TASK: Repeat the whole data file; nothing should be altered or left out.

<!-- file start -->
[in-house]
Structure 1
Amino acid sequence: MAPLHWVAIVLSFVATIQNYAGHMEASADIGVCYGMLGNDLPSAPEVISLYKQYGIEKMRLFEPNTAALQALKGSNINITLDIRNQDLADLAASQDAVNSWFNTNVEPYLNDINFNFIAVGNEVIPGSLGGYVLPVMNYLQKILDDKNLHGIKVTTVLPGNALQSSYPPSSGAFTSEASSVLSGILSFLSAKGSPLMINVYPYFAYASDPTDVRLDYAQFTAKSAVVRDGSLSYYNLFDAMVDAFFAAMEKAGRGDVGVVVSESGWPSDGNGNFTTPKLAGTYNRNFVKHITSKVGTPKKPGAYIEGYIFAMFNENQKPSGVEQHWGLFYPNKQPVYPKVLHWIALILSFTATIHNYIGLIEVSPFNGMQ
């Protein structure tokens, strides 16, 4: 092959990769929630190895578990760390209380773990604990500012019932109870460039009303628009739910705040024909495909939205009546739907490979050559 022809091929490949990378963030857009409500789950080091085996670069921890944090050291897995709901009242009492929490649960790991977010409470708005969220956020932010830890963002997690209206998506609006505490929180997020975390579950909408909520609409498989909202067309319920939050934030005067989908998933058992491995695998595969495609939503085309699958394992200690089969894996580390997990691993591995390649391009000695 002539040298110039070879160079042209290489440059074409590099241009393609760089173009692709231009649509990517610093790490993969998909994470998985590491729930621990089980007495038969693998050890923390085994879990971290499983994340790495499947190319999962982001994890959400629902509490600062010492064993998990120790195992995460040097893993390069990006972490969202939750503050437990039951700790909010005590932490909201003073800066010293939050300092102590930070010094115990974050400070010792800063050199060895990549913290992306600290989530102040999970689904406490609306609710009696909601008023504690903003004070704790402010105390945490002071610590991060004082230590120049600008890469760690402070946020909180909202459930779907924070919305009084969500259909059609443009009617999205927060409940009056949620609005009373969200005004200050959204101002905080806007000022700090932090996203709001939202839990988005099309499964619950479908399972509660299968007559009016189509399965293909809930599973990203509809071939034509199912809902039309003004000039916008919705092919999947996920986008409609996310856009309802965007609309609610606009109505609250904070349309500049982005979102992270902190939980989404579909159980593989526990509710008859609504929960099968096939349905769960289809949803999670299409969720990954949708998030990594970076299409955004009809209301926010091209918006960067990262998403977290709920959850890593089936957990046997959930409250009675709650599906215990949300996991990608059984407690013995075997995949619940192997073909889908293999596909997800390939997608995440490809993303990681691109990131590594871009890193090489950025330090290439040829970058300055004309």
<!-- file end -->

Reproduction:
[in-house]
Structure 1
Amino acid sequence: MAPLHWVAIVLSFVATIQNYAGHMEASADIGVCYGMLGNDLPSAPEVISLYKQYGIEKMRLFEPNTAALQALKGSNINITLDIRNQDLADLAASQDAVNSWFNTNVEPYLNDINFNFIAVGNEVIPGSLGGYVLPVMNYLQKILDDKNLHGIKVTTVLPGNALQSSYPPSSGAFTSEASSVLSGILSFLSAKGSPLMINVYPYFAYASDPTDVRLDYAQFTAKSAVVRDGSLSYYNLFDAMVDAFFAAMEKAGRGDVGVVVSESGWPSDGNGNFTTPKLAGTYNRNFVKHITSKVGTPKKPGAYIEGYIFAMFNENQKPSGVEQHWGLFYPNKQPVYPKVLHWIALILSFTATIHNYIGLIEVSPFNGMQ
């Protein structure tokens, strides 16, 4: 092959990769929630190895578990760390209380773990604990500012019932109870460039009303628009739910705040024909495909939205009546739907490979050559 022809091929490949990378963030857009409500789950080091085996670069921890944090050291897995709901009242009492929490649960790991977010409470708005969220956020932010830890963002997690209206998506609006505490929180997020975390579950909408909520609409498989909202067309319920939050934030005067989908998933058992491995695998595969495609939503085309699958394992200690089969894996580390997990691993591995390649391009000695 002539040298110039070879160079042209290489440059074409590099241009393609760089173009692709231009649509990517610093790490993969998909994470998985590491729930621990089980007495038969693998050890923390085994879990971290499983994340790495499947190319999962982001994890959400629902509490600062010492064993998990120790195992995460040097893993390069990006972490969202939750503050437990039951700790909010005590932490909201003073800066010293939050300092102590930070010094115990974050400070010792800063050199060895990549913290992306600290989530102040999970689904406490609306609710009696909601008023504690903003004070704790402010105390945490002071610590991060004082230590120049600008890469760690402070946020909180909202459930779907924070919305009084969500259909059609443009009617999205927060409940009056949620609005009373969200005004200050959204101002905080806007000022700090932090996203709001939202839990988005099309499964619950479908399972509660299968007559009016189509399965293909809930599973990203509809071939034509199912809902039309003004000039916008919705092919999947996920986008409609996310856009309802965007609309609610606009109505609250904070349309500049982005979102992270902190939980989404579909159980593989526990509710008859609504929960099968096939349905769960289809949803999670299409969720990954949708998030990594970076299409955004009809209301926010091209918006960067990262998403977290709920959850890593089936957990046997959930409250009675709650599906215990949300996991990608059984407690013995075997995949619940192997073909889908293999596909997800390939997608995440490809993303990681691109990131590594871009890193090489950025330090290439040829970058300055004309």